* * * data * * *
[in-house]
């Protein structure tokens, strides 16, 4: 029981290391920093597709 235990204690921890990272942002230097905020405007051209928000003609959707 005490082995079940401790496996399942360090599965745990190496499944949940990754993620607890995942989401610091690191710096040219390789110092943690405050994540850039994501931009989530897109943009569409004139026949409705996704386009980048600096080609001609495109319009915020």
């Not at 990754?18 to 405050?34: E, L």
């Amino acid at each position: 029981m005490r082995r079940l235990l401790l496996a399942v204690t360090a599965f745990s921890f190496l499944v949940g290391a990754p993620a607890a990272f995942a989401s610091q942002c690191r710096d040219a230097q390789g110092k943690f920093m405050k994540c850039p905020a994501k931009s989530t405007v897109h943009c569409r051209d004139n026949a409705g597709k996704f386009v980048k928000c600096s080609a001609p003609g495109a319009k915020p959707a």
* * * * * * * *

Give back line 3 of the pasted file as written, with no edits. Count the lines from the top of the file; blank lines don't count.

């Not at 990754?18 to 405050?34: E, L």